This examination of how Chinese migrant women resident in England engage with Western and Chinese healthcare systems when seeking treatment considers whether medical pluralism can enhance the cultural appropriateness of health care. The paper identifies the extent to which women's pathways to healthcare can be seen as 'Chinese' or as a reflection of the Western culture in which they live. It is based on an analysis of in-depth interviews with 42 women of Chinese origin living in the South East of England. Their use of Western and Chinese medicine is related to explanatory models underpinning health beliefs, treatment barriers encountered and resources drawn upon when seeking treatment. Variation is described, with some women using only Western medicine and others returning to their place of origin for indigenous Chinese medical treatment. Most, however, draw upon both medical systems. Women who are more connected with majority English culture are more successful in their consultations with Western health service practitioners but do not necessarily discontinue using Chinese medicine. We find that recourse to two different systems helps to overcome barriers when accessing health care. The health policy implications of the findings would suggest that a system that acknowledges and embraces medical pluralism would assist the development of culturally appropriate health care provision. Copyright © 2005 Elsevier Ltd. All rights reserved.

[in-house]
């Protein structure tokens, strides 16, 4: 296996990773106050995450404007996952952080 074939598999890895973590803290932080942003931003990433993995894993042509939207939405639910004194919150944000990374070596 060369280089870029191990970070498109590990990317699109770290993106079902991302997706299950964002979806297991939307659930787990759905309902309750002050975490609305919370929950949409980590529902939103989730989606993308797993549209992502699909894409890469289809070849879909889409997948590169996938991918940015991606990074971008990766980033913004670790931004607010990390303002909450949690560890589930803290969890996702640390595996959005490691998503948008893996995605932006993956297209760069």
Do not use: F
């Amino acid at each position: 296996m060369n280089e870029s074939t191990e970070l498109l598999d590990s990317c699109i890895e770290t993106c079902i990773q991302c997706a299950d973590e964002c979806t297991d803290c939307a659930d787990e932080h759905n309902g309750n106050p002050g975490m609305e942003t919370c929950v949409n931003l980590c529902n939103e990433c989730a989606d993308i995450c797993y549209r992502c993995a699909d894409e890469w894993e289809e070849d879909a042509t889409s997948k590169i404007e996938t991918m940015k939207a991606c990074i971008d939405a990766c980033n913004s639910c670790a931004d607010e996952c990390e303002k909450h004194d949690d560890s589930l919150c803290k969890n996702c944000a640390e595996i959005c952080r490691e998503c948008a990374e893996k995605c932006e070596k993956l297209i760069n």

CitationGreen, G., Bradby, H., Chan, A., & Lee, M. (2006). "We are not completely Westernised": Dual medical systems and pathways to health care among Chinese migrant women in England. Social Science & Medicine, 62(6), 1498-1509. doi: 10.1016/j.socscimed.2005.08.014
- Chinese migrants
- Medical treatment
- Medical pluralism
- Health beliefs